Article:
Animus is produced by a permanent editorial board of five editors, who took over editorial duties from the founding editorial board in 2008. Volume 12 is the first Animus volume under this editorial board, and it is the works of these editors exclusively. Subsequent issues of Animus will include editorial contributions from scholars outside this group of editors, but the ultimate authorization and responsibility for the content of the Journal remains with this permanent board:
Ken Jacobsen is Associate Professor of English at Sir Wilfred Grenfell College, Memorial University of Newfoundland, where he teaches dramatic literature. His main areas of interest are early modern drama (Shakespeare especially), sermons, and rhetoric.
David Peddle is Associate Professor of Philosophy and Head of Arts at Sir Wilfred Grenfell College. His primary interests lie in the history of western philosophy and political institutions, the separation of church and state in particular.
Neil Robertson is an Associate Professor at the University of King's College. His intellectual interests primarily revolve around the definition and critique of modernity. He has written on figures connected with the development of modernity (Luther, Descartes, Hobbes, Montesquieu, Hegel) and contemporary critiques of modernity (Leo Strauss, George Grant, John Milbank, James Doull).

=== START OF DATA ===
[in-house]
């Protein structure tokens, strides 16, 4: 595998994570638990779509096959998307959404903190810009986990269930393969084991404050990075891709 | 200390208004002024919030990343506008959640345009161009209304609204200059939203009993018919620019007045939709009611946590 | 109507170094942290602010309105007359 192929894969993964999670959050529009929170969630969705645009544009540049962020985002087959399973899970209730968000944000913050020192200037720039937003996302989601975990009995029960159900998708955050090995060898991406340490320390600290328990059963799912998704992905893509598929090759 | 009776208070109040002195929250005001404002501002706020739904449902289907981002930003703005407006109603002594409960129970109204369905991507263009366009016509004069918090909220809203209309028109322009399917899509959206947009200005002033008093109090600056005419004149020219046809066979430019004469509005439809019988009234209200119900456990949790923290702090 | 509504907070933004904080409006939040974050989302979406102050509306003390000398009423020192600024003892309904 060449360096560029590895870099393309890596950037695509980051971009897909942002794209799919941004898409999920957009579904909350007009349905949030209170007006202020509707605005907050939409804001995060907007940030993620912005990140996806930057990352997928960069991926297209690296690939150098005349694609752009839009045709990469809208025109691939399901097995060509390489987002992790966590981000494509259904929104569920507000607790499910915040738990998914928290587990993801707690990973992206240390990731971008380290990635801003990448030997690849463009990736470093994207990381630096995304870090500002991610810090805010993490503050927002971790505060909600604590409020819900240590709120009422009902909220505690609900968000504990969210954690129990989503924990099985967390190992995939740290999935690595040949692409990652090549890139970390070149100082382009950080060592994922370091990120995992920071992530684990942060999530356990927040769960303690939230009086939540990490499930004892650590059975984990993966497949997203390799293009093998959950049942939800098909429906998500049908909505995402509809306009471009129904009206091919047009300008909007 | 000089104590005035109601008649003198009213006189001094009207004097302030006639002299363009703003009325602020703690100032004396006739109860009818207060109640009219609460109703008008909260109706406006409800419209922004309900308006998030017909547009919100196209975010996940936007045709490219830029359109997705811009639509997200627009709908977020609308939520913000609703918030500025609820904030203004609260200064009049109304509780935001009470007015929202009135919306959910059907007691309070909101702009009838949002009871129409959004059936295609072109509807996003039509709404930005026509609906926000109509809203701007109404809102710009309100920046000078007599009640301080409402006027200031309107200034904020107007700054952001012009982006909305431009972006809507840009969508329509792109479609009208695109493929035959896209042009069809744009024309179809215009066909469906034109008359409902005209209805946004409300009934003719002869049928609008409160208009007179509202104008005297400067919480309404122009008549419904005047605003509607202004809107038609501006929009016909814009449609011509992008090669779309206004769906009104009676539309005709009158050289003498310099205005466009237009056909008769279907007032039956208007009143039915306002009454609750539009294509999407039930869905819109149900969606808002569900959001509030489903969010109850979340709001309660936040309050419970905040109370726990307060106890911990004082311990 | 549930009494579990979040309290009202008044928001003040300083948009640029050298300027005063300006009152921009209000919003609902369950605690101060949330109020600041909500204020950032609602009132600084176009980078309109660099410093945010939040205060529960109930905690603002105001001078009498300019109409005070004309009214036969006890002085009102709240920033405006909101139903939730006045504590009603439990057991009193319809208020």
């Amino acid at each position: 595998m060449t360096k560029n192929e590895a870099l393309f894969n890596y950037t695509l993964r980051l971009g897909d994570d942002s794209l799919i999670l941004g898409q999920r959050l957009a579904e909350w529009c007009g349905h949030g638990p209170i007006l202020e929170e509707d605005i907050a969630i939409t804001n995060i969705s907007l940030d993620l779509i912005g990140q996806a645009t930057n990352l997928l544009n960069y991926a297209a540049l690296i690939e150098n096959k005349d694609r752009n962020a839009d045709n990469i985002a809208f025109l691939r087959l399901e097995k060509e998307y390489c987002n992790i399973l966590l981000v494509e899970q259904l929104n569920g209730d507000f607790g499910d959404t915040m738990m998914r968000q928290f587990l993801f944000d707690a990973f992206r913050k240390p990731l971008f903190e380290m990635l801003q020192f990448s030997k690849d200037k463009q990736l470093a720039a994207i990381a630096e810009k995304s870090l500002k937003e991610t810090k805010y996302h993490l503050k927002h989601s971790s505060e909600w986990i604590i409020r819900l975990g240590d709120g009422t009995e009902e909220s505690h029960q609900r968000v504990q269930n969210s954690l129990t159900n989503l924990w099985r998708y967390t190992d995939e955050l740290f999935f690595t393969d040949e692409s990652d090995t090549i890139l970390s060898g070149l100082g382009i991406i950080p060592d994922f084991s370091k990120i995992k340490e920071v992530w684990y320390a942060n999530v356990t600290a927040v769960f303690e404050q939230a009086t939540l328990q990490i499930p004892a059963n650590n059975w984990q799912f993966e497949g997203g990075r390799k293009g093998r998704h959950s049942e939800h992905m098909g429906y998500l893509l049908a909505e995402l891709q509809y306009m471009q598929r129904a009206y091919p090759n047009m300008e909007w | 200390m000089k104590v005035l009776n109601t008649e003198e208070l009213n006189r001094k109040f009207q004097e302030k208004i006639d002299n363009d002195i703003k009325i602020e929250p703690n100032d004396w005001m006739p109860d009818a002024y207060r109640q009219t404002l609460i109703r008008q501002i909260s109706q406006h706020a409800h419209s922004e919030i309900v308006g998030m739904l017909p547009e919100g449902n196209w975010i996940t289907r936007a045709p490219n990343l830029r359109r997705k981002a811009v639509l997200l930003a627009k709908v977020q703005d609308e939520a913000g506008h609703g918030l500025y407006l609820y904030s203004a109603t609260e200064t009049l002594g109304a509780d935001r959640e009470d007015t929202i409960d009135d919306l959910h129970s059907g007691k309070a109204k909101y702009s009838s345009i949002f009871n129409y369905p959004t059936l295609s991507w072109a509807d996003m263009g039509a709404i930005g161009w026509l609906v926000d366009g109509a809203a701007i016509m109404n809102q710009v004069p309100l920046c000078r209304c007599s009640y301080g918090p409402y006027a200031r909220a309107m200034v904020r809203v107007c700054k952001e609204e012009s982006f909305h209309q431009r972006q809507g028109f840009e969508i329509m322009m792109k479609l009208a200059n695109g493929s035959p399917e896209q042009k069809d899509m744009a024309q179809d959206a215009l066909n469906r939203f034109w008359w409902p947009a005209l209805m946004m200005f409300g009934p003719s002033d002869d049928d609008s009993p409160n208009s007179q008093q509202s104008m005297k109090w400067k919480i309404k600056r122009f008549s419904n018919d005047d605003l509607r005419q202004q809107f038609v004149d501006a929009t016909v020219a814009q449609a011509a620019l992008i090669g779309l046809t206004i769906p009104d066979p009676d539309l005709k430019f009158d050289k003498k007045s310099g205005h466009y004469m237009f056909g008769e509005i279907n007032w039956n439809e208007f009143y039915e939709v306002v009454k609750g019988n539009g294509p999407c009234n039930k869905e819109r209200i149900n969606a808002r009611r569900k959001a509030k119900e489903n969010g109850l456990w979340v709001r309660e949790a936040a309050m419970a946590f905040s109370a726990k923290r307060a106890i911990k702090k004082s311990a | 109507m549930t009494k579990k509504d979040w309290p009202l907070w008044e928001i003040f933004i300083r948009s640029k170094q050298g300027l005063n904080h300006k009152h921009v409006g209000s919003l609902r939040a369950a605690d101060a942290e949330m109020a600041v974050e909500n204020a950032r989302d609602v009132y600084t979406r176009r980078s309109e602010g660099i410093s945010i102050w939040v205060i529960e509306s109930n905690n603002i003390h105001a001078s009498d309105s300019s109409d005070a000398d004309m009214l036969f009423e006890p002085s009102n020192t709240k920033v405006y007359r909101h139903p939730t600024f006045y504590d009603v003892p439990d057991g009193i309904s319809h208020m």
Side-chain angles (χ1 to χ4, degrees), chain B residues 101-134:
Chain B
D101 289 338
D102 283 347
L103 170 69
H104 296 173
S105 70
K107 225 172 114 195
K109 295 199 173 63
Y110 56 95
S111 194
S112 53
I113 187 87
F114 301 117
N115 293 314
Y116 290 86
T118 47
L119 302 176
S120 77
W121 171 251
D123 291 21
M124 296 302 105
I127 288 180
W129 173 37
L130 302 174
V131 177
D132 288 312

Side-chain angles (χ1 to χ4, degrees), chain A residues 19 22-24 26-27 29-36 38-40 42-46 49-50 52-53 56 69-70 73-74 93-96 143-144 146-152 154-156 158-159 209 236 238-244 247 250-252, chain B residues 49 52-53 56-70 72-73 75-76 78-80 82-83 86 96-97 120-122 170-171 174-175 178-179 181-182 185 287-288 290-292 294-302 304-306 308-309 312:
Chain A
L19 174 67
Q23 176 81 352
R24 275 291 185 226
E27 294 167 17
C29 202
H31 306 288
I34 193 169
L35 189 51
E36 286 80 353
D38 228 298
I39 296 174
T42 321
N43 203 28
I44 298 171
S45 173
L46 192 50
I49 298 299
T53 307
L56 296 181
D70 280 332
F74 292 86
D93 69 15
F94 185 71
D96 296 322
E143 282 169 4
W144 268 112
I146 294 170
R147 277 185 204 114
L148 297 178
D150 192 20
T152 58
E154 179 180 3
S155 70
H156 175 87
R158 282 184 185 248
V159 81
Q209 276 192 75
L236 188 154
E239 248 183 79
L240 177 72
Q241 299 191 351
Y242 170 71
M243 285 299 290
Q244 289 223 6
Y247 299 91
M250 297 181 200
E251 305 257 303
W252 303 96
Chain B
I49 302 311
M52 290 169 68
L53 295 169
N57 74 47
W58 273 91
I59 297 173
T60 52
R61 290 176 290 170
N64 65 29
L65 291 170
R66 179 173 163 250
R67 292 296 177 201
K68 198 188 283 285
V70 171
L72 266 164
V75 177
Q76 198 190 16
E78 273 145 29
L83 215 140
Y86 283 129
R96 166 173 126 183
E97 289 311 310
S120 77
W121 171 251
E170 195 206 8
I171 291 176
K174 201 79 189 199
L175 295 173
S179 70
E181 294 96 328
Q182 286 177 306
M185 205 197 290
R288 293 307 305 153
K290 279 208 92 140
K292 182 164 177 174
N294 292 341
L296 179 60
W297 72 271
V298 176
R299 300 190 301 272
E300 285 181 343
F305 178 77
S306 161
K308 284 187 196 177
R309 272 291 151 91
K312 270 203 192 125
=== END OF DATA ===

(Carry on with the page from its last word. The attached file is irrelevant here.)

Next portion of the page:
Kenneth Kierans is an Assistant Professor of humanities and social sciences at the University of King's College, Halifax. His research and teaching focus is on the history of philosophy and political philosophy in the early modern and contemporary periods.
Eli Diamond is an Assistant Professor of Classics at Dalhousie University. His primary area of interest is ancient philosophy, especially the thought of Plato and Aristotle and the history of their interpretation. He is also interested in the history of Jewish philosophy.
Zac DeLong was hired as Editorial Assistant in the Fall of 2008 and is currently attending the University of Ottawa in pursuit of a J.D. He was recently awarded an M.A. in Philosophy from Simon Fraser University in Burnaby, BC.